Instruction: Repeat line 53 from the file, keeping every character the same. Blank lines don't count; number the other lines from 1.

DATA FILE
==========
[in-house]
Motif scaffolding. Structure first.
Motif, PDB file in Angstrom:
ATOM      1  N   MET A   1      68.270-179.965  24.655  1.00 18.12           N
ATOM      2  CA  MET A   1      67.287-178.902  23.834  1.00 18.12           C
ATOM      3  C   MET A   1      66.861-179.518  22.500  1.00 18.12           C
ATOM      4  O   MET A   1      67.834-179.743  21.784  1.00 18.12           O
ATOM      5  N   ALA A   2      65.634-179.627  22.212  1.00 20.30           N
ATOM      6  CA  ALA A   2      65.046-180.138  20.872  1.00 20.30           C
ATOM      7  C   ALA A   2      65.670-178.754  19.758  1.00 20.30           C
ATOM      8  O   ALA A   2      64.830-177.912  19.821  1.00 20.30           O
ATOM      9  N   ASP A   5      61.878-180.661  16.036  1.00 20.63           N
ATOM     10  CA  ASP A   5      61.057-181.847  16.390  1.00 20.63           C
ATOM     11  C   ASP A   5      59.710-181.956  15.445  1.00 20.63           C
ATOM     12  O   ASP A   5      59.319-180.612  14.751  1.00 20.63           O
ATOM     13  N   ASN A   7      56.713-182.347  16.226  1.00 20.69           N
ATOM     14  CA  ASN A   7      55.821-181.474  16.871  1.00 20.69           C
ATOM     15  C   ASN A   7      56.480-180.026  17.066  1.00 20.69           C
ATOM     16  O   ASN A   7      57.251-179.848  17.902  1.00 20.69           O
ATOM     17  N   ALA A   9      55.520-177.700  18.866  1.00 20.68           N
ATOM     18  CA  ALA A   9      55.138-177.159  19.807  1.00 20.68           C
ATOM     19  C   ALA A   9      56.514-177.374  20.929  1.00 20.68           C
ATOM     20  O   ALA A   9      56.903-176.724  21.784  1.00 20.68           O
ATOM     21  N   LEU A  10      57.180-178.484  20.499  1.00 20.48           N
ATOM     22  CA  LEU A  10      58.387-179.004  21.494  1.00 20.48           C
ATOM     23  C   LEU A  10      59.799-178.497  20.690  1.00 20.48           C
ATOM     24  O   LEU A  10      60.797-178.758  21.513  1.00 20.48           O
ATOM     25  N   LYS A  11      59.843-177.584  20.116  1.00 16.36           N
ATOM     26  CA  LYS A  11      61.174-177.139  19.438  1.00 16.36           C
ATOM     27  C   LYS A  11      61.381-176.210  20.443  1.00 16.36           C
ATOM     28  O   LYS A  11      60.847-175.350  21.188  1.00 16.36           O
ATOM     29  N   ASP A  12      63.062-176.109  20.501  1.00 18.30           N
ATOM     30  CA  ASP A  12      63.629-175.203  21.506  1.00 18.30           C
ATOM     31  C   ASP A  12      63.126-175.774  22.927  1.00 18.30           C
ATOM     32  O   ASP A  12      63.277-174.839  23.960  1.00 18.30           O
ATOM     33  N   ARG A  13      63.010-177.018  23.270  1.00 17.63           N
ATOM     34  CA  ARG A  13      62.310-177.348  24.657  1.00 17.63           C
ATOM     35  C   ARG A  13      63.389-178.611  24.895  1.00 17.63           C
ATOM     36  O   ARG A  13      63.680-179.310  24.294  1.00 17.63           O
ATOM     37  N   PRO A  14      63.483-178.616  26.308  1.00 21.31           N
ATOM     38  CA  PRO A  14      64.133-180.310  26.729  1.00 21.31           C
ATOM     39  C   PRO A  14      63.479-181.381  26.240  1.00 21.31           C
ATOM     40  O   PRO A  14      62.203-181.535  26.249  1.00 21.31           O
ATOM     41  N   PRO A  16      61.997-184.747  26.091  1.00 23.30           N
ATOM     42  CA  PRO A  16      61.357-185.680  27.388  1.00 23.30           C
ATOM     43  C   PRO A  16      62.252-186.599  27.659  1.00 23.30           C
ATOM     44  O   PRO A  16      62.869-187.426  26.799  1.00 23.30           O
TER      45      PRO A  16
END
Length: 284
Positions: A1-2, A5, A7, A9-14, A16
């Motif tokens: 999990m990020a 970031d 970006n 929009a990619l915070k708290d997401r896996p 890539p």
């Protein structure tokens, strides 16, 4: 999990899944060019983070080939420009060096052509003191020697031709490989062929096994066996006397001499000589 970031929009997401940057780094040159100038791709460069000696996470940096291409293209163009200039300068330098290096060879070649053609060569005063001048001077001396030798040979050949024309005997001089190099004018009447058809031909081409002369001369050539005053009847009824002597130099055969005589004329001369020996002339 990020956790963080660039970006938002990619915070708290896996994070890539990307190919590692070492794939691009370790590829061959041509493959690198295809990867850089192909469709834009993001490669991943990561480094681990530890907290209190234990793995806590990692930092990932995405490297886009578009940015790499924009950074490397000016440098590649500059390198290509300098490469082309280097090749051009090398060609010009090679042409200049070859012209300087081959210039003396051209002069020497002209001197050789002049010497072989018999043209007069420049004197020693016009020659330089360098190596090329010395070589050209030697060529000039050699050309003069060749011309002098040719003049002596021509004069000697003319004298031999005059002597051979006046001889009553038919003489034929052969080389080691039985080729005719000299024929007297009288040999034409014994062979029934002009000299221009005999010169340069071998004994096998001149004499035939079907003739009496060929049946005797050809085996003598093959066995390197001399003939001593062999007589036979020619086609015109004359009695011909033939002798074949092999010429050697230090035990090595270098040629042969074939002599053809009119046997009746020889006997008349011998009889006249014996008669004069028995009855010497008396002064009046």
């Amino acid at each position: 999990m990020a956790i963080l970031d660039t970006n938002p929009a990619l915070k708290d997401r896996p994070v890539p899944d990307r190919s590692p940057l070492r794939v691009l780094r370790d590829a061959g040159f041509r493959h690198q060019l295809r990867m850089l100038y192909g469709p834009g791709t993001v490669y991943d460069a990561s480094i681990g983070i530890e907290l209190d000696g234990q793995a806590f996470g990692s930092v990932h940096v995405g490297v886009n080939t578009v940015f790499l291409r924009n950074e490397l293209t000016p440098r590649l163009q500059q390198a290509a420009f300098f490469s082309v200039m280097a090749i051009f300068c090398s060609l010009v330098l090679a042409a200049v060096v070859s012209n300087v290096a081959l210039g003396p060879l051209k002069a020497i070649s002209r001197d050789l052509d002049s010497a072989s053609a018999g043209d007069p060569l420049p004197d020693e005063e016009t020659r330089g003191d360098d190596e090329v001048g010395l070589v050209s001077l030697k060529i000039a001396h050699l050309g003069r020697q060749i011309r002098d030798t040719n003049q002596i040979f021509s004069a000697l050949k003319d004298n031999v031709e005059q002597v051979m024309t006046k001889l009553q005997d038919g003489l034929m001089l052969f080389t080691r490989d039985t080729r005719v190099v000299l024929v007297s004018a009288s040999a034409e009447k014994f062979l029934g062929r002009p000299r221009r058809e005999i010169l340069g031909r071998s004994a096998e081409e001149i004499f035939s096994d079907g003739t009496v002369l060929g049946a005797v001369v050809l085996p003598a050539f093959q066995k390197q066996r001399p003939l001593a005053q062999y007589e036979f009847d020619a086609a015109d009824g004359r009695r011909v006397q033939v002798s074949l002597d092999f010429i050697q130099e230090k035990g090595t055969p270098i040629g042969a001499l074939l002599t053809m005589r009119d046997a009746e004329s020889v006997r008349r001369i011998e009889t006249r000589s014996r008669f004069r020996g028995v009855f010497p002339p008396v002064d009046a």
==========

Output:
């Protein structure tokens, strides 16, 4: 999990899944060019983070080939420009060096052509003191020697031709490989062929096994066996006397001499000589 970031929009997401940057780094040159100038791709460069000696996470940096291409293209163009200039300068330098290096060879070649053609060569005063001048001077001396030798040979050949024309005997001089190099004018009447058809031909081409002369001369050539005053009847009824002597130099055969005589004329001369020996002339 990020956790963080660039970006938002990619915070708290896996994070890539990307190919590692070492794939691009370790590829061959041509493959690198295809990867850089192909469709834009993001490669991943990561480094681990530890907290209190234990793995806590990692930092990932995405490297886009578009940015790499924009950074490397000016440098590649500059390198290509300098490469082309280097090749051009090398060609010009090679042409200049070859012209300087081959210039003396051209002069020497002209001197050789002049010497072989018999043209007069420049004197020693016009020659330089360098190596090329010395070589050209030697060529000039050699050309003069060749011309002098040719003049002596021509004069000697003319004298031999005059002597051979006046001889009553038919003489034929052969080389080691039985080729005719000299024929007297009288040999034409014994062979029934002009000299221009005999010169340069071998004994096998001149004499035939079907003739009496060929049946005797050809085996003598093959066995390197001399003939001593062999007589036979020619086609015109004359009695011909033939002798074949092999010429050697230090035990090595270098040629042969074939002599053809009119046997009746020889006997008349011998009889006249014996008669004069028995009855010497008396002064009046």